“And we’re not forgetting about the girls, by the way. I got two daughters – I don’t know if you noticed. African American girls are more likely than their white peers also to be suspended, incarcerated, physically harassed. Black women struggle every day with biases that perpetuate oppressive standards for how they’re supposed to look and how they’re supposed to act. Too often, they’re either left under the hard light of scrutiny, or cloaked in a kind of invisibility.
“So in addition to the new efforts on My Brother’s Keeper, the White House Council for Women and Girls has for years been working on issues affecting women and girls of color, from violence against women, to pay equity, to access to health care. And you know Michelle has been working on that. Because she doesn’t think our daughters should be treated differently than anybody else’s son. I’ve got a vested interest in making sure that our daughters have the same opportunities as boys do.”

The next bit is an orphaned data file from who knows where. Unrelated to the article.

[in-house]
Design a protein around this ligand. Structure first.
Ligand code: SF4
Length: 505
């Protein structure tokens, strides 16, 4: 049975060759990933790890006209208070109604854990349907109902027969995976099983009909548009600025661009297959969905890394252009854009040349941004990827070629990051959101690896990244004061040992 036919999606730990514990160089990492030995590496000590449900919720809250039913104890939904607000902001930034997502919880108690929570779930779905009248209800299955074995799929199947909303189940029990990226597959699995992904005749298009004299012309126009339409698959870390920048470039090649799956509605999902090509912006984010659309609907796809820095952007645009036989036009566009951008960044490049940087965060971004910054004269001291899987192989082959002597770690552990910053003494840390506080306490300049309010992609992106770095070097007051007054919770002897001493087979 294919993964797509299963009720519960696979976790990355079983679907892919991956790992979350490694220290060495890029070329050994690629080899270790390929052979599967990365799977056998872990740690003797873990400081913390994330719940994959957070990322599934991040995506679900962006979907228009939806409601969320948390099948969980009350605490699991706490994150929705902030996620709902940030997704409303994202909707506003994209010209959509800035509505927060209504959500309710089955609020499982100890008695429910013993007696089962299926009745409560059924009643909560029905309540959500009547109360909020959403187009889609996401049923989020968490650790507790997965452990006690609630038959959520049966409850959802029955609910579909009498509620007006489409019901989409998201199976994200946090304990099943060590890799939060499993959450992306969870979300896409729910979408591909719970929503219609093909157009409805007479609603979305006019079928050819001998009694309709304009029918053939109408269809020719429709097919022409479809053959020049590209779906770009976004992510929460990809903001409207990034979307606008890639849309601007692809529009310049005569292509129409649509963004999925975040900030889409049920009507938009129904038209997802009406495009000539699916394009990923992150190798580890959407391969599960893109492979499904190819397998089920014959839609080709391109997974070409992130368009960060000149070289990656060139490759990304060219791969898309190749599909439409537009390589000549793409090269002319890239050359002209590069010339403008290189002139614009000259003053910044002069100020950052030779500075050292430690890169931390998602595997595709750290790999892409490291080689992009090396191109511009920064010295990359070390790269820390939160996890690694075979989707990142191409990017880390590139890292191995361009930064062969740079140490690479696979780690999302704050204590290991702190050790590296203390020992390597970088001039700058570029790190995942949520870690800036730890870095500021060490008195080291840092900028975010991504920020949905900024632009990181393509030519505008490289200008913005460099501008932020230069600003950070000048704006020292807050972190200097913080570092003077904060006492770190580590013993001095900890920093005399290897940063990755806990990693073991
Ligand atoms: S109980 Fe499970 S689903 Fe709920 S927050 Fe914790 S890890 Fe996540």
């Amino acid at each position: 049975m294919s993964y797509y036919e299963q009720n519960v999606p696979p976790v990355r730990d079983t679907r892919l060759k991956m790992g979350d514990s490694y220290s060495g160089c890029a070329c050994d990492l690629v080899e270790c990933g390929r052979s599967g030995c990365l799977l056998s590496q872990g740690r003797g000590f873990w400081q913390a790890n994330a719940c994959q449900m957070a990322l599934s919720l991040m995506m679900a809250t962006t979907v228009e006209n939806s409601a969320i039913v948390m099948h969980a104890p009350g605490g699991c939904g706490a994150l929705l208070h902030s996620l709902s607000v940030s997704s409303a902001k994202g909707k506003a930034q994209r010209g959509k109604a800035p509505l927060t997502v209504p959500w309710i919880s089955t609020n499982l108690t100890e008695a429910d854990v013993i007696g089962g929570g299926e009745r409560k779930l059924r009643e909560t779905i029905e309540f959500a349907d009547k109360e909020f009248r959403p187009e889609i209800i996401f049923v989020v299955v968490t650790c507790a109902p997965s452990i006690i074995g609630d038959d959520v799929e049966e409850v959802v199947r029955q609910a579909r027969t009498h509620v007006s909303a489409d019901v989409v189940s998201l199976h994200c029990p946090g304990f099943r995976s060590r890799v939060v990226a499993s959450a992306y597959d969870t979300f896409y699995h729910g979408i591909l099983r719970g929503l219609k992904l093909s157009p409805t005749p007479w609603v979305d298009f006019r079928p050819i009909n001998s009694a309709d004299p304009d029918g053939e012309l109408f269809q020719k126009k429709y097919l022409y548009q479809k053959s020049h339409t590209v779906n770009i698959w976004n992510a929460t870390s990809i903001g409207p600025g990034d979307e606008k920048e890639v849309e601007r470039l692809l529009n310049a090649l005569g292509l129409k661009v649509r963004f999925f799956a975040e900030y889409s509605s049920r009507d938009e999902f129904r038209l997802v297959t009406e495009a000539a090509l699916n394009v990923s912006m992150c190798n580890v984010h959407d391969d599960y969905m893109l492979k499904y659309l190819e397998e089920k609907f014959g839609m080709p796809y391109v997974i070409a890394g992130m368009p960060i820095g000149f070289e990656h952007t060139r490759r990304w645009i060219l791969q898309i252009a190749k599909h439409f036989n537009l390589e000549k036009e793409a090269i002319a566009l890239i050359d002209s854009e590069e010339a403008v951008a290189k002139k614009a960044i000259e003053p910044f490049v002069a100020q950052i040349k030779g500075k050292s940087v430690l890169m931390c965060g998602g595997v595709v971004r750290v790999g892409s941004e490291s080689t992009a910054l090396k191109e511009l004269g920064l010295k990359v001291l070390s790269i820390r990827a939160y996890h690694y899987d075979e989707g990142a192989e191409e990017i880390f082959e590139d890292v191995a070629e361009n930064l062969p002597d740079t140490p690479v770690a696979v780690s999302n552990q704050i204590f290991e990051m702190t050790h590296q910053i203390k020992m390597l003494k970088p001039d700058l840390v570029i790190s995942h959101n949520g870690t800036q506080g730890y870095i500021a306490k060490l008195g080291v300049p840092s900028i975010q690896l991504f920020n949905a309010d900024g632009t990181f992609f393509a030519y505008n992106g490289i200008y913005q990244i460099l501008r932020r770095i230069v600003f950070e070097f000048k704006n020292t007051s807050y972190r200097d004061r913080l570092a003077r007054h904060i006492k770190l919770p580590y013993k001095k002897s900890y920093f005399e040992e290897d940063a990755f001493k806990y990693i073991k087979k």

Obama ended his 23-minute speech, which was interrupted 34 times by applause, with an appeal for greater voter participation in November.
“Because people refused to give in when it was hard, we get to celebrate the 50th anniversary of the Voting Rights Act next year,” President Obama stated. “Until then, we’ve got to protect it. We can’t just celebrate it; we’ve got to protect it. Because there are people still trying to pass voter ID laws to make it harder for folks to vote. And we’ve got to get back to our schools and our offices and our churches, our beauty shops, barber shops, and make sure folks know there’s an election coming up, they need to know how to register, and they need to know how and when to vote.”